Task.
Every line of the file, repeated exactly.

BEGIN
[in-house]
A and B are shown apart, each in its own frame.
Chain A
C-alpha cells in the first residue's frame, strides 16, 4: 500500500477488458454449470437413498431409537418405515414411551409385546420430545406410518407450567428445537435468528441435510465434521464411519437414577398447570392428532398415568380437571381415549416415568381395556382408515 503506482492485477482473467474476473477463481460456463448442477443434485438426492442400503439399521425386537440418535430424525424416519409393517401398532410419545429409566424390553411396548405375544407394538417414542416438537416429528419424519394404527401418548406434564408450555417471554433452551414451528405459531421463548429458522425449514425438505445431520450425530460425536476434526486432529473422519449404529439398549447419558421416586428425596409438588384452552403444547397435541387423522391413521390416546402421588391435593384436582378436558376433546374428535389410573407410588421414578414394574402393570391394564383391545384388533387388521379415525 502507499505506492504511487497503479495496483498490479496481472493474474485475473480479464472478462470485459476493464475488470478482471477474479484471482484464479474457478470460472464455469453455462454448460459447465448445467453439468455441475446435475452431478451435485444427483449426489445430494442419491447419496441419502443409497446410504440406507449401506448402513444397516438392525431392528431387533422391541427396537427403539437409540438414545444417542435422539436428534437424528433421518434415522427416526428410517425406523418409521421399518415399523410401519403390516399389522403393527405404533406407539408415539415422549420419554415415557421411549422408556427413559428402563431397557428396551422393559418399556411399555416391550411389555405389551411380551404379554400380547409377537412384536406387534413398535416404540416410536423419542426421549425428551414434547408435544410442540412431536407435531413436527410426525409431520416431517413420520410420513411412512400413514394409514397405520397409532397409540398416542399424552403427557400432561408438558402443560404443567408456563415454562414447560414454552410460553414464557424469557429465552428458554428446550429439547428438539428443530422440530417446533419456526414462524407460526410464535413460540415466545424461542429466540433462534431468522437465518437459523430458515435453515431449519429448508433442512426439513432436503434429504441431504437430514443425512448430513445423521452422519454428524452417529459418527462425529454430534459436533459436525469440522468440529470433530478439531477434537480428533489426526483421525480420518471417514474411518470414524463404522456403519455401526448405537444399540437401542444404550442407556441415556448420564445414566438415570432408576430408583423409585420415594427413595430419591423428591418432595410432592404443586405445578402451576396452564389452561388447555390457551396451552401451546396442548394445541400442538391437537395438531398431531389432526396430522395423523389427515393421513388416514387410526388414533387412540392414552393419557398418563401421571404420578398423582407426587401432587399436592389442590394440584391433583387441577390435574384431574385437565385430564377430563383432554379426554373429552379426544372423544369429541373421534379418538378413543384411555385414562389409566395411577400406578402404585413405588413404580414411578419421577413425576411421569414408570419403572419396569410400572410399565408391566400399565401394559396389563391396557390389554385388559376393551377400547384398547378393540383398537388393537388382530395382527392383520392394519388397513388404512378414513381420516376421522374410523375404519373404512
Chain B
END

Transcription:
[in-house]
A and B are shown apart, each in its own frame.
Chain A
C-alpha cells in the first residue's frame, strides 16, 4: 500500500477488458454449470437413498431409537418405515414411551409385546420430545406410518407450567428445537435468528441435510465434521464411519437414577398447570392428532398415568380437571381415549416415568381395556382408515 503506482492485477482473467474476473477463481460456463448442477443434485438426492442400503439399521425386537440418535430424525424416519409393517401398532410419545429409566424390553411396548405375544407394538417414542416438537416429528419424519394404527401418548406434564408450555417471554433452551414451528405459531421463548429458522425449514425438505445431520450425530460425536476434526486432529473422519449404529439398549447419558421416586428425596409438588384452552403444547397435541387423522391413521390416546402421588391435593384436582378436558376433546374428535389410573407410588421414578414394574402393570391394564383391545384388533387388521379415525 502507499505506492504511487497503479495496483498490479496481472493474474485475473480479464472478462470485459476493464475488470478482471477474479484471482484464479474457478470460472464455469453455462454448460459447465448445467453439468455441475446435475452431478451435485444427483449426489445430494442419491447419496441419502443409497446410504440406507449401506448402513444397516438392525431392528431387533422391541427396537427403539437409540438414545444417542435422539436428534437424528433421518434415522427416526428410517425406523418409521421399518415399523410401519403390516399389522403393527405404533406407539408415539415422549420419554415415557421411549422408556427413559428402563431397557428396551422393559418399556411399555416391550411389555405389551411380551404379554400380547409377537412384536406387534413398535416404540416410536423419542426421549425428551414434547408435544410442540412431536407435531413436527410426525409431520416431517413420520410420513411412512400413514394409514397405520397409532397409540398416542399424552403427557400432561408438558402443560404443567408456563415454562414447560414454552410460553414464557424469557429465552428458554428446550429439547428438539428443530422440530417446533419456526414462524407460526410464535413460540415466545424461542429466540433462534431468522437465518437459523430458515435453515431449519429448508433442512426439513432436503434429504441431504437430514443425512448430513445423521452422519454428524452417529459418527462425529454430534459436533459436525469440522468440529470433530478439531477434537480428533489426526483421525480420518471417514474411518470414524463404522456403519455401526448405537444399540437401542444404550442407556441415556448420564445414566438415570432408576430408583423409585420415594427413595430419591423428591418432595410432592404443586405445578402451576396452564389452561388447555390457551396451552401451546396442548394445541400442538391437537395438531398431531389432526396430522395423523389427515393421513388416514387410526388414533387412540392414552393419557398418563401421571404420578398423582407426587401432587399436592389442590394440584391433583387441577390435574384431574385437565385430564377430563383432554379426554373429552379426544372423544369429541373421534379418538378413543384411555385414562389409566395411577400406578402404585413405588413404580414411578419421577413425576411421569414408570419403572419396569410400572410399565408391566400399565401394559396389563391396557390389554385388559376393551377400547384398547378393540383398537388393537388382530395382527392383520392394519388397513388404512378414513381420516376421522374410523375404519373404512
Chain B